Cost Vs. Value Report: Can You Rely on This Industry Classic?

Workers Installing Crown Molding
Workers Installing Crown Molding. Getty / Jodi Jacobson

The Cost vs. Value Report is an annual set of home remodeling estimates that has become an industry classic.

For close to two decades, Remodeling Magazine (and Remodeling Online), published by Hanley Wood, has been doing something that few other publications dare to do:  create estimates of home remodel projects.

Every December, these publications come out with their Cost vs. Value Report for the preceding year, measuring the estimated average cost of remodeling projects across the U.S.

What Is It Used For?

Cost Vs. Value Report pulls in an extensive amount of data--30 remodel projects across 100 U.S. markets.

Cost vs. Value Report is so unique because it is difficult to pin anyone down in the remodeling industry about general estimated project costs, since costs are particular to each project. Now add the other, shakier figures, which are the estimated resale values (they say that this represents over 3000 data points) and you've got a report that really goes out on a limb.

Remodeling does its legwork. They use figures from survey responses from 6,500 Realtors (member of the National Association of Realtors) and a publisher of remodeling cost estimating tools, RemodelMAX.  All is coordinated by The Farnsworth Group.

What Do You Find?

A wealth of information. Nationwide, a bathroom addition that cost $16,724 could be expected to have a value of $11,707 upon sale--a 70% return.

Or, vinyl window replacements costing $11,198 would bring in $8,163 upon sale--a nearly 73% return on investment (ROI).

The takeaway for any homeowner intent on remodeling: all remodeling projects depreciate in value, and few reach as high as even a 90% return on investment. Some of the projects we hold most dear to our hearts are the ones with the lowest percentage of cost recouped: namely family room additions, bathroom additions, and master suite additions.

Advantages

  • Ease of Use:  If you were to look at a Cost vs. Value Report in its existing web format from ten or even five years ago, you would not recognize it.  Remodeling Magazine undertakes great efforts to make the report easy to use and comprehend.  Parsing data from the report is simple and fast.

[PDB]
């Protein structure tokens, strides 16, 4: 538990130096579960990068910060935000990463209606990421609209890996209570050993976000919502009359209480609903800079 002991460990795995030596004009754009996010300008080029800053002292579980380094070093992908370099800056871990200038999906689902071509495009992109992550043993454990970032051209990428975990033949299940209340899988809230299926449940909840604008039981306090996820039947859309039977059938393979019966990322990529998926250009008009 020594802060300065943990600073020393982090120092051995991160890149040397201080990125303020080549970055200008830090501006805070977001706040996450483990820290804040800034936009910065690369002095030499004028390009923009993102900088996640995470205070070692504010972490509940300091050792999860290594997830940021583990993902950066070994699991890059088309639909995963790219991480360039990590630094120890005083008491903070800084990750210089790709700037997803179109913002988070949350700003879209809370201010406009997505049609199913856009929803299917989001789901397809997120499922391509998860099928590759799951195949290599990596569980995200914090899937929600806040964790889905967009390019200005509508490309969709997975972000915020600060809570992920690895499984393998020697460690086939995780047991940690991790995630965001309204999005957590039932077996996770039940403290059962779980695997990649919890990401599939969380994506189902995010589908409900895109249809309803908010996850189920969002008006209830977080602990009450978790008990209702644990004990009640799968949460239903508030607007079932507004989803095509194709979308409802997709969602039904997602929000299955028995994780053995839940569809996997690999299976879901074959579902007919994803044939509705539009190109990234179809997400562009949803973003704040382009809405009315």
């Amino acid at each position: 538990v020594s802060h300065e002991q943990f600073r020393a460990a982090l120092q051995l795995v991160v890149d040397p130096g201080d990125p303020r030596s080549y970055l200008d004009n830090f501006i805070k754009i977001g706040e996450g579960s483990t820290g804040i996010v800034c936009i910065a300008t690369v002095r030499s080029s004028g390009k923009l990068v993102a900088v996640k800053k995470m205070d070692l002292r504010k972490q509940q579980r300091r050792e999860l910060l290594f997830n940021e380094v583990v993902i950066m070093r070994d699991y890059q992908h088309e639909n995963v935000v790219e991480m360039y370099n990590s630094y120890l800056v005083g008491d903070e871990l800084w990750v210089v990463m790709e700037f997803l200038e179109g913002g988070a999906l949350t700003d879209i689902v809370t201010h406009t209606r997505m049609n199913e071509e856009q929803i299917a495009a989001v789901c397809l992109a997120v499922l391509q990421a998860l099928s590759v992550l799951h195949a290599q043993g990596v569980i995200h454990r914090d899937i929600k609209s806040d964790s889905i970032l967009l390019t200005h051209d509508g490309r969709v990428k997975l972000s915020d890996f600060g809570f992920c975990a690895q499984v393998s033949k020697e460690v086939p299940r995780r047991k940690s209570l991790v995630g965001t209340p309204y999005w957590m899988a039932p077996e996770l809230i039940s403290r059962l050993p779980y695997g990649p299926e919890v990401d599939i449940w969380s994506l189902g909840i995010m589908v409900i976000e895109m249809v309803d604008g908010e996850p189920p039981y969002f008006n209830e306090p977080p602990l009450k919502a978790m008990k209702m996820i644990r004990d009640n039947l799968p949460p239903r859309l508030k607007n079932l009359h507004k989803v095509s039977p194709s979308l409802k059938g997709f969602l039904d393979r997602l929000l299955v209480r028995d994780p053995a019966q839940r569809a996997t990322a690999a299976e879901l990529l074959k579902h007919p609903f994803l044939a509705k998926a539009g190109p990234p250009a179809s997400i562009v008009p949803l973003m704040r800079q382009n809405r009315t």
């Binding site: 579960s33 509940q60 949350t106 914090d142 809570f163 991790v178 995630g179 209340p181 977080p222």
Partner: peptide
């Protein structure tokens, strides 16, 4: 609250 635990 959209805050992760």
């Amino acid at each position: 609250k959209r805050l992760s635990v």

• Historical Data:  Most people are only interested in the current year's figures.  But for researchers or data hounds, Cost vs. Value always maintains archives of the last fifteen years of statistics.
  • Subjective Factors:  It is impossible to quantify everything; some things are subjective.  To that end, the Cost vs. Value Report also takes into account subjectivity when assessing home project values.
  • Big Picture-Reliable:  The report notes that it can be deceptive to apply national or regional trends to the street- or address-level.  But if your business deals with larger scale data, you can rely on the information provided by the report.

Disadvantages

Data from Cost Vs. Value report, while accurate, does omit certain important aspects of home remodeling that make estimates inappropriate for the do-it-yourselfer:

  • No DIY Data:  Because this is an industry report, pulling in data from a contractor estimating tool and balanced against perceptions by real estate agents, it ignores do-it-yourself home remodeling.  All remodel estimates take into account paid outside labor, no sweat equity allowed.
  • Few Lower End or Surface-Remodel Projects:  Projects that homeowners commonly take on in order to spruce up their homes are not included:  cabinet refacing, tub and shower refinishing, laminate and vinyl flooring, etc.
  • Top-End Materials Costs:  RemodelMAX estimating data favors contractors; thus, data is understandably weighted toward helping contractors clear a profit.  Yet this results in higher cost materials, such as an estimated $13.20 for a GFCI outlet.  Currently at Home Depot, a 10-pack of 15 Amp Tamper-Resistant Duplex Outlets is $21.90, or about $2.00 per piece.

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